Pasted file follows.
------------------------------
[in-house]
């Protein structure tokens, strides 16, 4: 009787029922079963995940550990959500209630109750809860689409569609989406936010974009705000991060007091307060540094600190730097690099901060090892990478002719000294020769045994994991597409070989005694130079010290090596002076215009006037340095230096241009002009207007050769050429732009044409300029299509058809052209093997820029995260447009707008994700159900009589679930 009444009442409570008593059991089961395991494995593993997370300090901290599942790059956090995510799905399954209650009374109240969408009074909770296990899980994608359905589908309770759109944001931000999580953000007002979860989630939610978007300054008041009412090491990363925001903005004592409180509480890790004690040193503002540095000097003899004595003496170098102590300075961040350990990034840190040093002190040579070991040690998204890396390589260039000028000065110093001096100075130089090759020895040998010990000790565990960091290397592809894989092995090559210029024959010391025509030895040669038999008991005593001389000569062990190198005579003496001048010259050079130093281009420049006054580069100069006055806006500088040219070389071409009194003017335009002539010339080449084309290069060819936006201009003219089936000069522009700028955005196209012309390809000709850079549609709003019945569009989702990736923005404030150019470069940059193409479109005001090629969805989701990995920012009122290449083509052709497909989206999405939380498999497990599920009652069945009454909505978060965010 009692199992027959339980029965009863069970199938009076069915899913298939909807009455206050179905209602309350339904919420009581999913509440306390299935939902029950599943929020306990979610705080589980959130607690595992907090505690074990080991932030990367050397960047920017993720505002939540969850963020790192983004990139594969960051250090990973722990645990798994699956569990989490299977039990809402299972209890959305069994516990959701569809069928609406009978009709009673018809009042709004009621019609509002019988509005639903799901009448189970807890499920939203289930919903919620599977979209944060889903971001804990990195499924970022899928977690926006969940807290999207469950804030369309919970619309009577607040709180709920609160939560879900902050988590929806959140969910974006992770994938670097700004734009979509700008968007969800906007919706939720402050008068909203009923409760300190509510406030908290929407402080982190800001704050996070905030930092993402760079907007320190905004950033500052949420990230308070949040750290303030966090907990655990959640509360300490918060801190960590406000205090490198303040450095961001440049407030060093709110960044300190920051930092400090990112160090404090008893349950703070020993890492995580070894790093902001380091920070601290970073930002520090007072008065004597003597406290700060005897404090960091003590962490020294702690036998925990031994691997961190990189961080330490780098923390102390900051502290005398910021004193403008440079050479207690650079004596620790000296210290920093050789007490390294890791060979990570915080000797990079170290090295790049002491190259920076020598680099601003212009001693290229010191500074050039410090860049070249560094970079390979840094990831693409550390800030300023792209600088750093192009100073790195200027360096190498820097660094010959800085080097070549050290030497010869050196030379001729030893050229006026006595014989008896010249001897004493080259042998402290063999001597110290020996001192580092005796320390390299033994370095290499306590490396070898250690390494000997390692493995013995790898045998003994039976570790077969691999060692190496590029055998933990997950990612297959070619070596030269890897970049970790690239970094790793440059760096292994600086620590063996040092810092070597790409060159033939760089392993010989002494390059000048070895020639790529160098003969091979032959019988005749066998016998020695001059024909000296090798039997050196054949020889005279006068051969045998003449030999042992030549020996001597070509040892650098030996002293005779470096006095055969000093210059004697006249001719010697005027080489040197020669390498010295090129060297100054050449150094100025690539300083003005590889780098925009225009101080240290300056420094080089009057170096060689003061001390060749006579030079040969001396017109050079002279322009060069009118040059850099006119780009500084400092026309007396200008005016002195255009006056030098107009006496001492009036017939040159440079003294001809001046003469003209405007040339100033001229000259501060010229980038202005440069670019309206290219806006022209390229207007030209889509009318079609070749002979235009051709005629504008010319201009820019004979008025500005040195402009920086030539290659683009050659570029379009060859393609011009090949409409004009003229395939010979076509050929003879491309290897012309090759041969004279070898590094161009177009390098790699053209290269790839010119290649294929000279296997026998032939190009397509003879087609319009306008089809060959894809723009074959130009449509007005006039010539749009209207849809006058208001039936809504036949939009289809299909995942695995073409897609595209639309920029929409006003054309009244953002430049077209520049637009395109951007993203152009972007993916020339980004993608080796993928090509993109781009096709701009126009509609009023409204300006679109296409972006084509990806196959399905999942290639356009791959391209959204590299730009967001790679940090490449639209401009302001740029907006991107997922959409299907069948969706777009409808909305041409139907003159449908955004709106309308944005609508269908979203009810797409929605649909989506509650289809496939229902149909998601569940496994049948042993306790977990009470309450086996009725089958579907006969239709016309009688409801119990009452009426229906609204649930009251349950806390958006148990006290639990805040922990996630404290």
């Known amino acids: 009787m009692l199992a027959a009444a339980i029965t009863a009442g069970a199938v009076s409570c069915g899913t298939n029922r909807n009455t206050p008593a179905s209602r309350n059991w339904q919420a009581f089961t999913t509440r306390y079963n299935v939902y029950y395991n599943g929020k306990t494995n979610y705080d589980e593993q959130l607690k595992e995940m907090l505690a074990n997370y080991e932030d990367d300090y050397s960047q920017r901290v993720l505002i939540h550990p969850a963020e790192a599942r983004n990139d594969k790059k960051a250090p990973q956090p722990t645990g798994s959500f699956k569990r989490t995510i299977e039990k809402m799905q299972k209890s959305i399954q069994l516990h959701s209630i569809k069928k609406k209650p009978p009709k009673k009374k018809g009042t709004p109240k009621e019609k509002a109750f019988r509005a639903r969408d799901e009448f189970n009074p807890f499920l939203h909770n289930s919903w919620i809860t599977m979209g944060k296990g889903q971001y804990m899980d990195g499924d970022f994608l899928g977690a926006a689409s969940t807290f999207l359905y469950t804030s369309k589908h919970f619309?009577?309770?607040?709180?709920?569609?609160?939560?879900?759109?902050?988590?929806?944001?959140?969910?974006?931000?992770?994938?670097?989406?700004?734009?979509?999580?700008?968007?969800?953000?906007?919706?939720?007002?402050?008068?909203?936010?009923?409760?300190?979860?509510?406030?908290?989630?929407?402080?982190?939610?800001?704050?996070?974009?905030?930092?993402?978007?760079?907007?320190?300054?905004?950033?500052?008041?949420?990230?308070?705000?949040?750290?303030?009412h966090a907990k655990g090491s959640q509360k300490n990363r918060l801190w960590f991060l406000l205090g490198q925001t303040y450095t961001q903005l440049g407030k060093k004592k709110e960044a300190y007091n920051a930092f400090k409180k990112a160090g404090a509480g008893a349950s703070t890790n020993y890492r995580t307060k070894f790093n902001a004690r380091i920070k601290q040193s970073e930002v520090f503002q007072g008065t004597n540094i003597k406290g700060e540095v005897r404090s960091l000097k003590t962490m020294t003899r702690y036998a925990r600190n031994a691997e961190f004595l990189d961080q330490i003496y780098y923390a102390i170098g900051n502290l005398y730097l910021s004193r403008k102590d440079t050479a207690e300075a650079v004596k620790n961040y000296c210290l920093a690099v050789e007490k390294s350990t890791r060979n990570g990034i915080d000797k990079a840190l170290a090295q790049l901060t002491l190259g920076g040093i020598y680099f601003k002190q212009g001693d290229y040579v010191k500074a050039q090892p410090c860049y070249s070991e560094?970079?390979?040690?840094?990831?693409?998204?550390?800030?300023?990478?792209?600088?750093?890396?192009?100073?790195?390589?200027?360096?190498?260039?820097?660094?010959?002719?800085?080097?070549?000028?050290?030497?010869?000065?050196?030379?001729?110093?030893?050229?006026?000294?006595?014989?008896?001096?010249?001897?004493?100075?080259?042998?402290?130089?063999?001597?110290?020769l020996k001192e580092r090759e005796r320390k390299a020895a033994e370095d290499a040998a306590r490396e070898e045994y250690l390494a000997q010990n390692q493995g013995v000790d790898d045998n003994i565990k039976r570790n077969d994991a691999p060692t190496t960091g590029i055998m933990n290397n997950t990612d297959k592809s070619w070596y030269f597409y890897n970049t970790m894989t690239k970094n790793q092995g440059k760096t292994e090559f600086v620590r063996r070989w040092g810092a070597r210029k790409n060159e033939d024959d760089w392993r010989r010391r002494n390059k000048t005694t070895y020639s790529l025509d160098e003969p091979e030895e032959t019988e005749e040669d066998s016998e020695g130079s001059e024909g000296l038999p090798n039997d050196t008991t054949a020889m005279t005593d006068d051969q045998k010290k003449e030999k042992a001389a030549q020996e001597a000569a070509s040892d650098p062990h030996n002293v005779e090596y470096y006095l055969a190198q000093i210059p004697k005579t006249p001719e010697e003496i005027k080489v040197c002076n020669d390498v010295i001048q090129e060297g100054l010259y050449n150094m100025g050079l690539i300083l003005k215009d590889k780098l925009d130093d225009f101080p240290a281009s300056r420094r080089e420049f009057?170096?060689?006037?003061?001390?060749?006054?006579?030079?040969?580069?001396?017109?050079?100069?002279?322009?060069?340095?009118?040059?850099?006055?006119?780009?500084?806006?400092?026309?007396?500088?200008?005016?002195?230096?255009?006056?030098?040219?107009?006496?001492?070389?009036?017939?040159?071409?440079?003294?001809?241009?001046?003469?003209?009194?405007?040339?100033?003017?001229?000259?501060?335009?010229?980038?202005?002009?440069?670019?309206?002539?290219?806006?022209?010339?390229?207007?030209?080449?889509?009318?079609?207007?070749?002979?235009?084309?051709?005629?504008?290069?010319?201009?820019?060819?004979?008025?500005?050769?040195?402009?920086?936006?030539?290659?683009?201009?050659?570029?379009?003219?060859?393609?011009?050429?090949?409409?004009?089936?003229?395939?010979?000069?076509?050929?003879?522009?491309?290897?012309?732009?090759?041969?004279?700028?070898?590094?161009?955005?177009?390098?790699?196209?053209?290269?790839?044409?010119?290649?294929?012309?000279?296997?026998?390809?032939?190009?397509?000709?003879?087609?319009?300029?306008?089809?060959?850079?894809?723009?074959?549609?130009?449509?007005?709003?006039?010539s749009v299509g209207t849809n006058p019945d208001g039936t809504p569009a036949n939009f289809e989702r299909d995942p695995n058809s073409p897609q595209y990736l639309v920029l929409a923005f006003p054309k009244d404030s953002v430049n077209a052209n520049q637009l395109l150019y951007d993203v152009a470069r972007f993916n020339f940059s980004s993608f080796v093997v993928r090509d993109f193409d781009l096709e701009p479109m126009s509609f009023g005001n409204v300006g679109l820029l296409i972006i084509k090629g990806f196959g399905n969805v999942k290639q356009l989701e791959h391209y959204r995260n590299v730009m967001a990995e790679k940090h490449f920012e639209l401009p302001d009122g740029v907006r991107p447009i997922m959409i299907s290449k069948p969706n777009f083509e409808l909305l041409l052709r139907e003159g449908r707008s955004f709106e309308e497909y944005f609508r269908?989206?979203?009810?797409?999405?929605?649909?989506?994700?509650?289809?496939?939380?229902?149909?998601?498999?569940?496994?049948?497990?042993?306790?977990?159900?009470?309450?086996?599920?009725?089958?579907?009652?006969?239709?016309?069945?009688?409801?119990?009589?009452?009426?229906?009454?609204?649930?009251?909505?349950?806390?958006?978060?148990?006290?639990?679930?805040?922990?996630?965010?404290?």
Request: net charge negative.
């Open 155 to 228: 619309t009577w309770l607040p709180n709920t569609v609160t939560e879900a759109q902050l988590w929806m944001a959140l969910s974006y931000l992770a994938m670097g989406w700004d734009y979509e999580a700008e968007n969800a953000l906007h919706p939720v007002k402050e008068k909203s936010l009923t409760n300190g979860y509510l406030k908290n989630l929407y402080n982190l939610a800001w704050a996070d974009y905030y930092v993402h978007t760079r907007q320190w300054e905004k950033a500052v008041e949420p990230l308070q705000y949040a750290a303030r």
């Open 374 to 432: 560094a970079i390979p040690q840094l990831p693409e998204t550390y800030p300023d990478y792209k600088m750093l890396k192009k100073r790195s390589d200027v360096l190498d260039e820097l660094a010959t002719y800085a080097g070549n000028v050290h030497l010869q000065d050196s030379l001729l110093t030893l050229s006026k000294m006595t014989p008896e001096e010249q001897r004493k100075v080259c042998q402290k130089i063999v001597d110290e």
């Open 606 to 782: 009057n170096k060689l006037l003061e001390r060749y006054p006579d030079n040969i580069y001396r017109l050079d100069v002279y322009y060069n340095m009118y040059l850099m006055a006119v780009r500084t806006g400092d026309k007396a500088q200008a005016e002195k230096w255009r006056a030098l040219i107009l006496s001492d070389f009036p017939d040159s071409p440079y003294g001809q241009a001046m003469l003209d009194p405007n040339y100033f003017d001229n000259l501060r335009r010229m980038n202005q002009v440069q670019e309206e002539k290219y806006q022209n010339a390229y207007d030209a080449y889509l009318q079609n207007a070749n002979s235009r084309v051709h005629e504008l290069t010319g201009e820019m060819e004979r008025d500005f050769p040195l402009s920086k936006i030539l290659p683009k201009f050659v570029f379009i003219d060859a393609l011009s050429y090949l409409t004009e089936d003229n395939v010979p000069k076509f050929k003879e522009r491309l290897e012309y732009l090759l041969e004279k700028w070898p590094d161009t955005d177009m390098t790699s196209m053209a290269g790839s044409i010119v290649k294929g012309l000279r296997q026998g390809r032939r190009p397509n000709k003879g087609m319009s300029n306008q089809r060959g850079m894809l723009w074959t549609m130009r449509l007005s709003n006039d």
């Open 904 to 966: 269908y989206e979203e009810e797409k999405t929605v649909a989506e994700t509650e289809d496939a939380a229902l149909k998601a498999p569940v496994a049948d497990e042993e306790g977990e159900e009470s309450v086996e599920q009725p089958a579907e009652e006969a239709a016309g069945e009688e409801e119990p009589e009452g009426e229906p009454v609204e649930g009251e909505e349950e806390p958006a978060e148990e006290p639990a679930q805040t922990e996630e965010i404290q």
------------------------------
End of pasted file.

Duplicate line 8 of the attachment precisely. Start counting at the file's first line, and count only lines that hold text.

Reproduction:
């Open 904 to 966: 269908y989206e979203e009810e797409k999405t929605v649909a989506e994700t509650e289809d496939a939380a229902l149909k998601a498999p569940v496994a049948d497990e042993e306790g977990e159900e009470s309450v086996e599920q009725p089958a579907e009652e006969a239709a016309g069945e009688e409801e119990p009589e009452g009426e229906p009454v609204e649930g009251e909505e349950e806390p958006a978060e148990e006290p639990a679930q805040t922990e996630e965010i404290q």